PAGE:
Greek and Roman Mythology


Please select one of the topics below and write a clear, cogent, thesis-driven paper grounded in primary source material and well supported with textual evidence. The paper should be more than 2500words in length: it will be evaluated not on length but rather on its ability to argue effectively through the careful analysis of primary texts such as Homer, Hesiod, and the Homeric Hymns.

Required Text: Barry B. Powell, Classical Mythology, 8th ed., (Boston: Pearson, 2015) [Powell]

(1) Myth as mythos. Our term myth derives from the Greek word mythos, which has several meanings. Prominent among these in Homer and Archaic Greek poetry is “authoritative speech act.” This term describes an act of speaking that is so powerful that it can bring itself into effect. (E.g. Agamemnon’s commands to Chryses, priest of Apollo, in Iliad, Book I, presented in the first lecture.) Select one myth or set of myths from Homer, Hesiod, or the Homeric Hymns (all Archaic Greek texts) and explain how this definition of mythos is (or is not) helpful for understanding it. What does the connection between myth and mythos tell us about early Greek culture?

(2) Gendering the Mythic World. Hesiod’s Theogony provides an account of how Zeus came to rule over “men and gods.” This account serves to justify the (divine) structure of the world as it is known to Hesiod (and as it is portrayed in most of our Greek sources from the Archaic and later periods). Yet Hesiod’s telling of the origins of the gods also introduces obvious gender dynamics into the story of the origin of the world and the gods. It institutes the rule of the omnipotent male father (Uranus, Cronus, Zeus), even as this authority is often challenged and undermined by a crafty female deity (Gaia, Rhea). And such dynamics are not only a feature of Hesiod’s myths. Choose a myth or set of myths and analyze them from the perspective of gender: how are male-female, male-male, and female-female relationships depicted? What features are valued for each gender? Why?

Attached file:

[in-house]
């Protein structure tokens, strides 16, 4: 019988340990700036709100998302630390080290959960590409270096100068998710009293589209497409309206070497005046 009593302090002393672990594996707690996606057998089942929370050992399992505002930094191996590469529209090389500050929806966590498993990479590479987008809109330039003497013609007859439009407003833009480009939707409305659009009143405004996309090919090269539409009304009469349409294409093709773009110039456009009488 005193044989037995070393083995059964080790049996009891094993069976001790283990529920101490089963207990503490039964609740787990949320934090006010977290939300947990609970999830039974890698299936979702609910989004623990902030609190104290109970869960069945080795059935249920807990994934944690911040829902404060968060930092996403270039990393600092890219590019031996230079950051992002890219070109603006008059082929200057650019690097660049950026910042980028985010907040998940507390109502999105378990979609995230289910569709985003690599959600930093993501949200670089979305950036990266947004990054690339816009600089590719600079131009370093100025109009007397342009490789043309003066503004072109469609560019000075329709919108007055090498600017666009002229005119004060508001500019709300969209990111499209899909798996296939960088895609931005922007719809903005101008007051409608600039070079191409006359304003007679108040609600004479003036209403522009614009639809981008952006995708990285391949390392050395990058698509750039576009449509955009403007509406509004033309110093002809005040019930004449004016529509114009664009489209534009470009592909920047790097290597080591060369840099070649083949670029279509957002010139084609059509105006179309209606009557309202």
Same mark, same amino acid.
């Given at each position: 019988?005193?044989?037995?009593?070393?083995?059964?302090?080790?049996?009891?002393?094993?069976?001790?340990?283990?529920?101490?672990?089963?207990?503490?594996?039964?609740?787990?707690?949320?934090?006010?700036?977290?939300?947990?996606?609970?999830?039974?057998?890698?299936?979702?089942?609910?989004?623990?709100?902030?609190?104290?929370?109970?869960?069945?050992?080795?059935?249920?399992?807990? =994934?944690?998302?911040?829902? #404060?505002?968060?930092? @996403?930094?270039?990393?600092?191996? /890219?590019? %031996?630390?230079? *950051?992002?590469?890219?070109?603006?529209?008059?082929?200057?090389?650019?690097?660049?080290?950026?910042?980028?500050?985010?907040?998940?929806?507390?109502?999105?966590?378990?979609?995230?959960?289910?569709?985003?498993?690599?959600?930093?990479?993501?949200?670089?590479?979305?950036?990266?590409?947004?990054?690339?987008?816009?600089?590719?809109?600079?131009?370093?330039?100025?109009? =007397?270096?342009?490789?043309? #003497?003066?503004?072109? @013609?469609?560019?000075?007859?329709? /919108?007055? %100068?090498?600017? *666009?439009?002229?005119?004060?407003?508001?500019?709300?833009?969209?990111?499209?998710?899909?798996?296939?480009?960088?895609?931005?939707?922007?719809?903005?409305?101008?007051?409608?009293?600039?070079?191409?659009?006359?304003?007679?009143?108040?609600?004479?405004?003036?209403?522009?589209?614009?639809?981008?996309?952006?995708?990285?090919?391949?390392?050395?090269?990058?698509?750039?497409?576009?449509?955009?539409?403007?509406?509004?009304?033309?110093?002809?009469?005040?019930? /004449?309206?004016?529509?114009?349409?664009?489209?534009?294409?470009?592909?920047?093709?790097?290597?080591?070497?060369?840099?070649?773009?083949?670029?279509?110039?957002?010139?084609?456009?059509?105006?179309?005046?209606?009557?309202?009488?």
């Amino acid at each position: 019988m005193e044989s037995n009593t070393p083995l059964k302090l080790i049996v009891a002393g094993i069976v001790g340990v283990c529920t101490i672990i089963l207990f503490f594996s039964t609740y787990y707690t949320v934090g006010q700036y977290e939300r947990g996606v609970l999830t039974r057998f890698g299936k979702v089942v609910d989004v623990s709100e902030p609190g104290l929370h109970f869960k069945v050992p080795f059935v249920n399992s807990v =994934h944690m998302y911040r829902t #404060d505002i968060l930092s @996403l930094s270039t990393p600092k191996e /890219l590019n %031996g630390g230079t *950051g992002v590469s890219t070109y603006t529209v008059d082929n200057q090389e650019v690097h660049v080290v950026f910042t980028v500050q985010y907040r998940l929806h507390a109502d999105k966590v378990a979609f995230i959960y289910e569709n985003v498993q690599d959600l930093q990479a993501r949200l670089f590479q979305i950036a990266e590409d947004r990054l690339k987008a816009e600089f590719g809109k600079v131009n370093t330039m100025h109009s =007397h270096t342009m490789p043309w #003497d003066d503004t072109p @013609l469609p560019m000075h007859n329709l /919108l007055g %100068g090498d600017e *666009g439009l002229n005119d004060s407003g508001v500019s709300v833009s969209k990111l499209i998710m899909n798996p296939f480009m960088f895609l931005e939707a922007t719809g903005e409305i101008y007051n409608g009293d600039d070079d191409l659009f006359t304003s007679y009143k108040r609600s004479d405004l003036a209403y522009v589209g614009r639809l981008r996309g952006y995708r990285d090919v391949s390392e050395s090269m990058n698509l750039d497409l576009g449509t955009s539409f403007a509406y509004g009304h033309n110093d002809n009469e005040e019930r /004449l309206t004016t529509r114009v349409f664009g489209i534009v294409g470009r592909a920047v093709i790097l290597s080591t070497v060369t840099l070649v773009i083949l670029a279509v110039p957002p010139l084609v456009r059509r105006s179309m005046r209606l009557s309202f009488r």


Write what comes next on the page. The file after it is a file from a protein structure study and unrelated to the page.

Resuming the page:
(3) Myth and Place. Greek myths are often deeply connected with the geographical locations in which they transpire. (The Oedipus story, for example, is strongly linked with the mythological space of Thebes.) Choose a myth or set of myths (or legends) and examine the role that place plays in those stories. Where do mentions of place occur? What features of place are emphasized? How can we best characterize the relationship between myth and place?

(4) Human vs. Divine. One of the major structuring oppositions throughout all of Greek myth (and early Greek culture) is that between human and divine. Even as the Greek gods are anthropomorphic, they eat, work, and play differently than humans. Examine a myth or set of myths from the perspective of this binarism. What lessons does your chosen myth teach about the opposition between human and divine? How does this opposition structure the world physically, ethically, and morally?

(5) Myth and History. In popular speech, myth is sometimes opposed to history: the one is a discourse of fabricated stories, while the other is a discourse that aims, at least in some sense, to tell the ‘truth’ about things. Yet as we have already seen, myth may also be a great resource for reflecting Greek social and cultural history. Whether one looks to the rise of the polis or to Greek sexual mores, these historical ‘facts’ are often deeply embedded in the myths of the Greeks. Choose a myth or set of myths and examine how it negotiates the relationship between myth and history. Are these two terms opposed in your chosen myth or do they work together in some fashion? (n.b. This topic may require some additional research into the history of the Greeks, whether in the Archaic or Classical periods.)